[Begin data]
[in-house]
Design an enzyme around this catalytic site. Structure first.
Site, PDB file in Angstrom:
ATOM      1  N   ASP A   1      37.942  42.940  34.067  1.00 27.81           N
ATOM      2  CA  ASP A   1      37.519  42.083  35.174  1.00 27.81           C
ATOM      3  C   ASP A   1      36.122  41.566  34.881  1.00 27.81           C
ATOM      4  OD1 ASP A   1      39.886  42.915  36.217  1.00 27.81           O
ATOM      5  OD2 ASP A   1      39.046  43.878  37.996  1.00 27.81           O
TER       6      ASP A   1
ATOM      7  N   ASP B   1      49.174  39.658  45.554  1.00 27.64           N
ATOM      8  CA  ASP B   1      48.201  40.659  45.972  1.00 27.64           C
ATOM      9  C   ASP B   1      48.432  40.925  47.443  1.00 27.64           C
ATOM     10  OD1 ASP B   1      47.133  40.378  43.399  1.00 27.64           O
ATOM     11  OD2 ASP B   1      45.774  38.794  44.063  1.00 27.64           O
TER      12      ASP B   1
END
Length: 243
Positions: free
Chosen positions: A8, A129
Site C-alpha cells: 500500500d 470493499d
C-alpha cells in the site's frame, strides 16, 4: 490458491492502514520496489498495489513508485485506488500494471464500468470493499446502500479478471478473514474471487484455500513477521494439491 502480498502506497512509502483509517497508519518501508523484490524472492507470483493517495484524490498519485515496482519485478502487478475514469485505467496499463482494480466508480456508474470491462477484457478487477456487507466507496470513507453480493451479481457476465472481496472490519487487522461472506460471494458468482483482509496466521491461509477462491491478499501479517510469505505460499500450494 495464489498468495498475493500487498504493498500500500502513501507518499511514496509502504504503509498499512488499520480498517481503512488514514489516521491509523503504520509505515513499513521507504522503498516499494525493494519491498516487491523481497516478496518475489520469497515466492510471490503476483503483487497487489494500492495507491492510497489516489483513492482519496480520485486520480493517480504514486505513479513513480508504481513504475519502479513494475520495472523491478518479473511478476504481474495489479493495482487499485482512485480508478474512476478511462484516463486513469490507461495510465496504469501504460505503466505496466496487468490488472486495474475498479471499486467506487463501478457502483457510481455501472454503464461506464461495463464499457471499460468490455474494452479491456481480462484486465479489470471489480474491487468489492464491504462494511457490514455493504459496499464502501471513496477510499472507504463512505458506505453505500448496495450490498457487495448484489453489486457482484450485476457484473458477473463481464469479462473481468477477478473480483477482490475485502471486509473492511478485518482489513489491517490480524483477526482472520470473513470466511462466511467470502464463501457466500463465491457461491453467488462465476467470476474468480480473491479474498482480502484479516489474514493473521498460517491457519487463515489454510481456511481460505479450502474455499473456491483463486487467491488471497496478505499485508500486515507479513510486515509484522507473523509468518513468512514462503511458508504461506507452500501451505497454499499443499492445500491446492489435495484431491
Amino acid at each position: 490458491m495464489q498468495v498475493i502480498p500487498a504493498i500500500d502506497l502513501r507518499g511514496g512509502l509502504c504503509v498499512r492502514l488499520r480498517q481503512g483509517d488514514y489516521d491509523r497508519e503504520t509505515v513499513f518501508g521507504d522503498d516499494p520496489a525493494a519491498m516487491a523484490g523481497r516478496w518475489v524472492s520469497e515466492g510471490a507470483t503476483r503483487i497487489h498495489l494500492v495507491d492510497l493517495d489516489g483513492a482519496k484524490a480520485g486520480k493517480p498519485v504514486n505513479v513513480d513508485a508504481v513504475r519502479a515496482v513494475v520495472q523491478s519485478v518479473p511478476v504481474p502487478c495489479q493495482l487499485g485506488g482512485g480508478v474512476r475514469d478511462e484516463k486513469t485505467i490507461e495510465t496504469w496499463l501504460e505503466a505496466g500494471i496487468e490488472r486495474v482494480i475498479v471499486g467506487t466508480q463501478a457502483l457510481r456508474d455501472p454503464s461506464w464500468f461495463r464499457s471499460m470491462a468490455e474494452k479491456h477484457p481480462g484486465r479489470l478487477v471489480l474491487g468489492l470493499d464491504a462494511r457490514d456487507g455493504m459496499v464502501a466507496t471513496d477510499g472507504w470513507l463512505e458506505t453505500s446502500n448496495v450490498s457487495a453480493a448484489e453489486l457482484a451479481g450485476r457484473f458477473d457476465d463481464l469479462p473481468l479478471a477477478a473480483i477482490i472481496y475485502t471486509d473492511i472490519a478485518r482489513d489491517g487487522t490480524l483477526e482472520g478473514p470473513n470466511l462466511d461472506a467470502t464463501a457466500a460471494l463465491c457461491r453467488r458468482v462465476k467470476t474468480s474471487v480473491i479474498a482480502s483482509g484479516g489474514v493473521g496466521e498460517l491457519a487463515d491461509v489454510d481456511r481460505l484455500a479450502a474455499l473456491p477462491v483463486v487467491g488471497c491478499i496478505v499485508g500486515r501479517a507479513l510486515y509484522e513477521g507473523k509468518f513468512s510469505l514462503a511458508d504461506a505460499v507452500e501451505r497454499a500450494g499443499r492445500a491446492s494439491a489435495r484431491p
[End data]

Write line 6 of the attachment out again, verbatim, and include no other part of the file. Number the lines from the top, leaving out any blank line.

ATOM      3  C   ASP A   1      36.122  41.566  34.881  1.00 27.81           C